19. High resolution imaging of dielectric surfaces with an evanescent field optical microscope

    NARCIS (Netherlands)

    Hulst, van N.F.; Segerink, F.B.; Bölger, B.

    1992-01-01

    An evanescent field optical microscope (EFOM) is presented which employs frustrated total internal reflection o­n a localized scale by scanning a dielectric tip in close proximity to a sample surface. High resolution images of dielectric gratings and spheres containing both topographic and dielectri

  20. Development of a biosensor microarray towards food screening using imaging surface plasmon resonance

    NARCIS (Netherlands)

    Rebe, S.; Bremer, M.G.E.G.; Giesbers, M.; Norde, W.

    2008-01-01

    In this study we examined the possibilities of implementing direct and competitive immunoassay formats for small and large molecule detection on a microarray, using IBIS imaging surface plasmon resonance (iSPR) system. First, IBIS iSPR optics performance was evaluated. Using a glycerol calibration c

  1. Multiplex surface plasmon resonance imaging platform for label-free detection of foodborne pathogens

    Science.gov (United States)

    Salmonellae are among the leading causes of foodborne outbreaks in the United States, and more rapid and efficient detection methods are needed. Surface plasmon resonance imaging (SPRi) is an emerging optical technique, which allows for rapid and label-free screening of multiple targets simultaneous...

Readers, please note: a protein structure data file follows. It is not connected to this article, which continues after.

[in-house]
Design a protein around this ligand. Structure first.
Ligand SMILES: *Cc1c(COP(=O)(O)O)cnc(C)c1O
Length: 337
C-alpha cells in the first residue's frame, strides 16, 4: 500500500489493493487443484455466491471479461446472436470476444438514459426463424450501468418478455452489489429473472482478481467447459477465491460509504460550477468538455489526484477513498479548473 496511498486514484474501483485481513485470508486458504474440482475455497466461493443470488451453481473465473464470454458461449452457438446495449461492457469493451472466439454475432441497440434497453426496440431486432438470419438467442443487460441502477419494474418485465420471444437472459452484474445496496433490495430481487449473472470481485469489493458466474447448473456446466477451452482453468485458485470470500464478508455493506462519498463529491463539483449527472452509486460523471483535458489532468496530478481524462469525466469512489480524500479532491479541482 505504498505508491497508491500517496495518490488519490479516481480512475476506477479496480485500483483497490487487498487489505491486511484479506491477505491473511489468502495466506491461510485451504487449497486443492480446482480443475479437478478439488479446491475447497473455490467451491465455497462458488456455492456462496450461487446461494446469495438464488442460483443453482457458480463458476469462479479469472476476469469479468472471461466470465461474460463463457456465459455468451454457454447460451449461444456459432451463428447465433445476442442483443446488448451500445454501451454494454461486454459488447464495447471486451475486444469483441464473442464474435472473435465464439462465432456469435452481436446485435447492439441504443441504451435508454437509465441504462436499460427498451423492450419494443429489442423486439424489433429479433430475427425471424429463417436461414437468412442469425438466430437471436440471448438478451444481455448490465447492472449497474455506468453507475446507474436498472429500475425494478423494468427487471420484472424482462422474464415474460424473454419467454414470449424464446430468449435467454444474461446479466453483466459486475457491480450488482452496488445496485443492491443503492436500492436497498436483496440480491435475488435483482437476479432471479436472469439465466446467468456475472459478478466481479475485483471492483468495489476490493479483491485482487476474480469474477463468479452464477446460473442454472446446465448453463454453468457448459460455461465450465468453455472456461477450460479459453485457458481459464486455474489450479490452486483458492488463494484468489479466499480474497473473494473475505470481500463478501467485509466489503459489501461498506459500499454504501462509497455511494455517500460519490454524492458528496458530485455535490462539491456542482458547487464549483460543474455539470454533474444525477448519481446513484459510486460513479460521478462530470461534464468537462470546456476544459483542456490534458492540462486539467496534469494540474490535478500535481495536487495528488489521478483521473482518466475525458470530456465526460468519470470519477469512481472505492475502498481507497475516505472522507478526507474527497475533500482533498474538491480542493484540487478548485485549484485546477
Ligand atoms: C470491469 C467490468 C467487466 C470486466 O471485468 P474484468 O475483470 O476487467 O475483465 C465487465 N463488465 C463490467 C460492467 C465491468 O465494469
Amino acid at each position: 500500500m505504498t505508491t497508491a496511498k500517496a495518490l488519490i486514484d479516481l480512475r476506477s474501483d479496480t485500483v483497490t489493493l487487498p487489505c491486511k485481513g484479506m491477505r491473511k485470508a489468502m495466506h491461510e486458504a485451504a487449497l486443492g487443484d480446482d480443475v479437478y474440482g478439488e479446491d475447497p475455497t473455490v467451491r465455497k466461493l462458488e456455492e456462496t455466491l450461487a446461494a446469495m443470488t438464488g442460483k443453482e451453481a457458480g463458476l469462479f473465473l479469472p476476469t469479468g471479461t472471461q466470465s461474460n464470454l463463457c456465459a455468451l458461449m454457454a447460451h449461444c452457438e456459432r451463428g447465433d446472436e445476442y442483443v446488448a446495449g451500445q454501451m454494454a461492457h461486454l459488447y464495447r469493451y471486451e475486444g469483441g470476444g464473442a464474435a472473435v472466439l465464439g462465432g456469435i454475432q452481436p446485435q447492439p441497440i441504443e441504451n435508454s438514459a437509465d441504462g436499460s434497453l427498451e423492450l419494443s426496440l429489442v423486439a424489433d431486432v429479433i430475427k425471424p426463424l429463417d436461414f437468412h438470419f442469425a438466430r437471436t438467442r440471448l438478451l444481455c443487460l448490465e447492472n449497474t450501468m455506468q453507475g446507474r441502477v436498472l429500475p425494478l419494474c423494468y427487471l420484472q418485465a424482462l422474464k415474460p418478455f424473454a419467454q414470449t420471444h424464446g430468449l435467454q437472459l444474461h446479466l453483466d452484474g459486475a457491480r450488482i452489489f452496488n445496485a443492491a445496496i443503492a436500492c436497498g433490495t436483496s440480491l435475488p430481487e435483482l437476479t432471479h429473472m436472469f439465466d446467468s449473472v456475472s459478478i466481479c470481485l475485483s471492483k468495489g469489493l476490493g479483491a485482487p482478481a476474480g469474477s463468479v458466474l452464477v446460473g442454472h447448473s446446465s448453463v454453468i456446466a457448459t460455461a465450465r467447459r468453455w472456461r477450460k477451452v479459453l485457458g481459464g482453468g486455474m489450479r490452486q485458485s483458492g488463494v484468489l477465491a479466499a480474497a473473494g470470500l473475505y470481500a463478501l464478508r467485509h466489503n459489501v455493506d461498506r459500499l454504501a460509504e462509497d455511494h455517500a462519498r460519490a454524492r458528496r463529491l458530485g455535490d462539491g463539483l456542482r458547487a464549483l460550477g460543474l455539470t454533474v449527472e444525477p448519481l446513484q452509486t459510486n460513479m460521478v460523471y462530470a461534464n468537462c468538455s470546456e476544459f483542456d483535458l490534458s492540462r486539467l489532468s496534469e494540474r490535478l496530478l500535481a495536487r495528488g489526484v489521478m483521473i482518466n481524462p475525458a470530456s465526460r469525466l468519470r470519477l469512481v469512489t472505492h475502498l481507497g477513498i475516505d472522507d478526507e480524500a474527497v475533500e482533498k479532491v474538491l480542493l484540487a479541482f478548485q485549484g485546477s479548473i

2. Development of a biosensor microarray towards food screening, using imaging surface plasmon resonance

    NARCIS (Netherlands)

    Raz, Sabina Rebe; Bremer, Maria G. E. G.; Giesbers, Marcel; Norde, Willem

    2008-01-01

    In this study we examined the possibilities of implementing direct and competitive immunoassay formats for small and large molecule detection on a microarray, using IBIS imaging surface plasmon resonance (iSPR) system. First, IBIS iSPR optics performance was evaluated. Using a glycerol calibration c

  3. Image analysis from surface scanning with an absolute eddy current coil; Analyse d`images obtenues par balayage de surface avec un capteur ponctuel courants de Foucault

    Energy Technology Data Exchange (ETDEWEB)

    Attaoui, P.

    1994-10-19